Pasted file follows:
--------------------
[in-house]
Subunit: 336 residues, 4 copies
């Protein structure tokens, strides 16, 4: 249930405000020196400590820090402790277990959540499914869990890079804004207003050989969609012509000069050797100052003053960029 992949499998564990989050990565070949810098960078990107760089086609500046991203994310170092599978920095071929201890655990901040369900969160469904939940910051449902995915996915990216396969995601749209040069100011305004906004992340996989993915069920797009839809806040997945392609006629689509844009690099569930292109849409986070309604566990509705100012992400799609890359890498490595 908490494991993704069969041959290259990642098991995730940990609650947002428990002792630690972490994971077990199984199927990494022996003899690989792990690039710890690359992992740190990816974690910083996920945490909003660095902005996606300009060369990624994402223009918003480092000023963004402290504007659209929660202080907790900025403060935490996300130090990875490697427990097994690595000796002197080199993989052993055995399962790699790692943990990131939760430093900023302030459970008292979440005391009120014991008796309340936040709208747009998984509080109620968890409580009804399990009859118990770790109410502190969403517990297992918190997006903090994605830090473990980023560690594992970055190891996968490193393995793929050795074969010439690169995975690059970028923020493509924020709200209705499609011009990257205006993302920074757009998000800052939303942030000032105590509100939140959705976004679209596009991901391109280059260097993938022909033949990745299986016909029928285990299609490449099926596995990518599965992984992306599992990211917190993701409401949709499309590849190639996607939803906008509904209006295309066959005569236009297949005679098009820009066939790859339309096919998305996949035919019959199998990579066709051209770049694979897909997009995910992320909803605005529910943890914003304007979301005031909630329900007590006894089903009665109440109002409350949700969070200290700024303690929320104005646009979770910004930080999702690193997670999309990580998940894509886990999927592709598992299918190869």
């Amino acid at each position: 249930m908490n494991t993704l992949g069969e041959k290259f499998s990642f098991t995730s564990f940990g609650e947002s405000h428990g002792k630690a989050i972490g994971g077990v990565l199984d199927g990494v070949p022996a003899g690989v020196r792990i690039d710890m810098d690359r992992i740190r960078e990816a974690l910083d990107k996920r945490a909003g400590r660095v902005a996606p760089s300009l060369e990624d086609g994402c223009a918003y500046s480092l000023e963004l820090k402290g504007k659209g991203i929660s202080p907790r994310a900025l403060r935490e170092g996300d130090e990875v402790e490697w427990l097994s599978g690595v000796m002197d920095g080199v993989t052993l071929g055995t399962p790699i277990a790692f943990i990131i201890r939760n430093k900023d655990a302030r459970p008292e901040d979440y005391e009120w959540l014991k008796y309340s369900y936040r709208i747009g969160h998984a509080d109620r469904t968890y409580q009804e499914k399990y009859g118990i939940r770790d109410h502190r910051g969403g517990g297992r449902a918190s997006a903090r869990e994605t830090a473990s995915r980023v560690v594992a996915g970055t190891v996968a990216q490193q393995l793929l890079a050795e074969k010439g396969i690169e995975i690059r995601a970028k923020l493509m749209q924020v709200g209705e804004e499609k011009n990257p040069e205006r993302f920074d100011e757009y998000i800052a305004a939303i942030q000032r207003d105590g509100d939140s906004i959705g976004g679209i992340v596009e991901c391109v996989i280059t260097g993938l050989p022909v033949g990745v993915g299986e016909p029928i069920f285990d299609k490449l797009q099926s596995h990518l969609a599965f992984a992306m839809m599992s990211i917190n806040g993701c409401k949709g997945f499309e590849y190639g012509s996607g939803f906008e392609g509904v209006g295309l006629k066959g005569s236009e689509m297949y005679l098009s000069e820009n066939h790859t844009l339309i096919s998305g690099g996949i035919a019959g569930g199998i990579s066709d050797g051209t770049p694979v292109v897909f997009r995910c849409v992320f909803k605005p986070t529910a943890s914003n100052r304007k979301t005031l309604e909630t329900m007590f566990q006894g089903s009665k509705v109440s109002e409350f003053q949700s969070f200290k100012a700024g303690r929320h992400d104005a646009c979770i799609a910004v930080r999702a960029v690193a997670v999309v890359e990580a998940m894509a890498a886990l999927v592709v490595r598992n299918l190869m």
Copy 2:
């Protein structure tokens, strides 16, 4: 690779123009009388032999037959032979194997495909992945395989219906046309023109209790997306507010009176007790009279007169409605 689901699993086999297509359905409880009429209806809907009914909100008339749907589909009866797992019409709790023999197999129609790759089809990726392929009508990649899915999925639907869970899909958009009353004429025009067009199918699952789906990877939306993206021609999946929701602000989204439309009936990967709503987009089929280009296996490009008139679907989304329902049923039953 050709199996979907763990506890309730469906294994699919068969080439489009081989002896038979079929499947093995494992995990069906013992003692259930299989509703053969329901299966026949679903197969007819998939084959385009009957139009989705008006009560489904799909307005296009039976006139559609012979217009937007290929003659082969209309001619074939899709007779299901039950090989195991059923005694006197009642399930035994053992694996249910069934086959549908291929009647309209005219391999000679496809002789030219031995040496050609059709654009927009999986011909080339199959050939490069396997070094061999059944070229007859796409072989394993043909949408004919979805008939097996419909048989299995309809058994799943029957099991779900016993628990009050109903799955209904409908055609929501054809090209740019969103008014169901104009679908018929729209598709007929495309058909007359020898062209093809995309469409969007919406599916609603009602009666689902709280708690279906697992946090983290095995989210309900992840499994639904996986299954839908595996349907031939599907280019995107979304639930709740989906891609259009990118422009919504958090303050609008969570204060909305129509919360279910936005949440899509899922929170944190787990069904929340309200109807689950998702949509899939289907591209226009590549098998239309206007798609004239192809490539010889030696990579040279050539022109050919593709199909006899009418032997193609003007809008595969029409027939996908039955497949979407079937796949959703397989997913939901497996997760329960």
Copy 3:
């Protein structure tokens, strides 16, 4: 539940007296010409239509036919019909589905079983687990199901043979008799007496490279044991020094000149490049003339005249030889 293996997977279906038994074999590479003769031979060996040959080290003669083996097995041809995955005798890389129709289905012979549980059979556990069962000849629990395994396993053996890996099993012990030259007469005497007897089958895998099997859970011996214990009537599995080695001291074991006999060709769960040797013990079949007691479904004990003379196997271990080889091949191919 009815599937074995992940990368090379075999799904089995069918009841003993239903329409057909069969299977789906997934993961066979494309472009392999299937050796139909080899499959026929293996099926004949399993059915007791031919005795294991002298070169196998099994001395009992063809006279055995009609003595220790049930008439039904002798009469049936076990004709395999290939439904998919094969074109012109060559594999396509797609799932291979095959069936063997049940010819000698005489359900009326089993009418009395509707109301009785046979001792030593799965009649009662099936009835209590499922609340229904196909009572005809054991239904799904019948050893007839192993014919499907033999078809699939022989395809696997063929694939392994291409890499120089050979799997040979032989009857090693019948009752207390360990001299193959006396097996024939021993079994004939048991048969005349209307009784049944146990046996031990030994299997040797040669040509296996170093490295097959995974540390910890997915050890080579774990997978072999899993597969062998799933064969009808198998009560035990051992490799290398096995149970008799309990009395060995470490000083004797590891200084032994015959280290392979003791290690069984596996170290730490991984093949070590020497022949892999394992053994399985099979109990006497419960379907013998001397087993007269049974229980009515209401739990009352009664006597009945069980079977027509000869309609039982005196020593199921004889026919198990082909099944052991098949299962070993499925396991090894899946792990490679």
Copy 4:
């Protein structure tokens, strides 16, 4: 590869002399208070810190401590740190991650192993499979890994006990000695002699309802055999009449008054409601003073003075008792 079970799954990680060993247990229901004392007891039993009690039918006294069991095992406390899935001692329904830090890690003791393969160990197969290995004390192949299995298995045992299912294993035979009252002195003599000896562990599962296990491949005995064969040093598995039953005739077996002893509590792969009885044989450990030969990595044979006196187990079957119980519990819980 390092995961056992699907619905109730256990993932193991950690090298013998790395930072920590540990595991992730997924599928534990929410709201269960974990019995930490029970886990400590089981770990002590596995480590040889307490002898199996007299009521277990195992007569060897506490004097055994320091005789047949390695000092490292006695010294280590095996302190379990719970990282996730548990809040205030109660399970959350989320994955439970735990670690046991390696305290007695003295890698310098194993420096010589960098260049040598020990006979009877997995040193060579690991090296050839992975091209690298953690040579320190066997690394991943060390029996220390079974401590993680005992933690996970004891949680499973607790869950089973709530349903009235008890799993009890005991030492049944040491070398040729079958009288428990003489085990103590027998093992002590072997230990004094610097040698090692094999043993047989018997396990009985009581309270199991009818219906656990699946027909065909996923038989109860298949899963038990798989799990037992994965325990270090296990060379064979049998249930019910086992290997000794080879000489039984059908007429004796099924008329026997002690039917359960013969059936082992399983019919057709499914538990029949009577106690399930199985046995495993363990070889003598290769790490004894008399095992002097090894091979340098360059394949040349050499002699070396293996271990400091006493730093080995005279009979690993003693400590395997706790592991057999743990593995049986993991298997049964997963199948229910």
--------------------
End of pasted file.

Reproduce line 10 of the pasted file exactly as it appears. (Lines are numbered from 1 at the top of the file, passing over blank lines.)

């Protein structure tokens, strides 16, 4: 590869002399208070810190401590740190991650192993499979890994006990000695002699309802055999009449008054409601003073003075008792 079970799954990680060993247990229901004392007891039993009690039918006294069991095992406390899935001692329904830090890690003791393969160990197969290995004390192949299995298995045992299912294993035979009252002195003599000896562990599962296990491949005995064969040093598995039953005739077996002893509590792969009885044989450990030969990595044979006196187990079957119980519990819980 390092995961056992699907619905109730256990993932193991950690090298013998790395930072920590540990595991992730997924599928534990929410709201269960974990019995930490029970886990400590089981770990002590596995480590040889307490002898199996007299009521277990195992007569060897506490004097055994320091005789047949390695000092490292006695010294280590095996302190379990719970990282996730548990809040205030109660399970959350989320994955439970735990670690046991390696305290007695003295890698310098194993420096010589960098260049040598020990006979009877997995040193060579690991090296050839992975091209690298953690040579320190066997690394991943060390029996220390079974401590993680005992933690996970004891949680499973607790869950089973709530349903009235008890799993009890005991030492049944040491070398040729079958009288428990003489085990103590027998093992002590072997230990004094610097040698090692094999043993047989018997396990009985009581309270199991009818219906656990699946027909065909996923038989109860298949899963038990798989799990037992994965325990270090296990060379064979049998249930019910086992290997000794080879000489039984059908007429004796099924008329026997002690039917359960013969059936082992399983019919057709499914538990029949009577106690399930199985046995495993363990070889003598290769790490004894008399095992002097090894091979340098360059394949040349050499002699070396293996271990400091006493730093080995005279009979690993003693400590395997706790592991057999743990593995049986993991298997049964997963199948229910």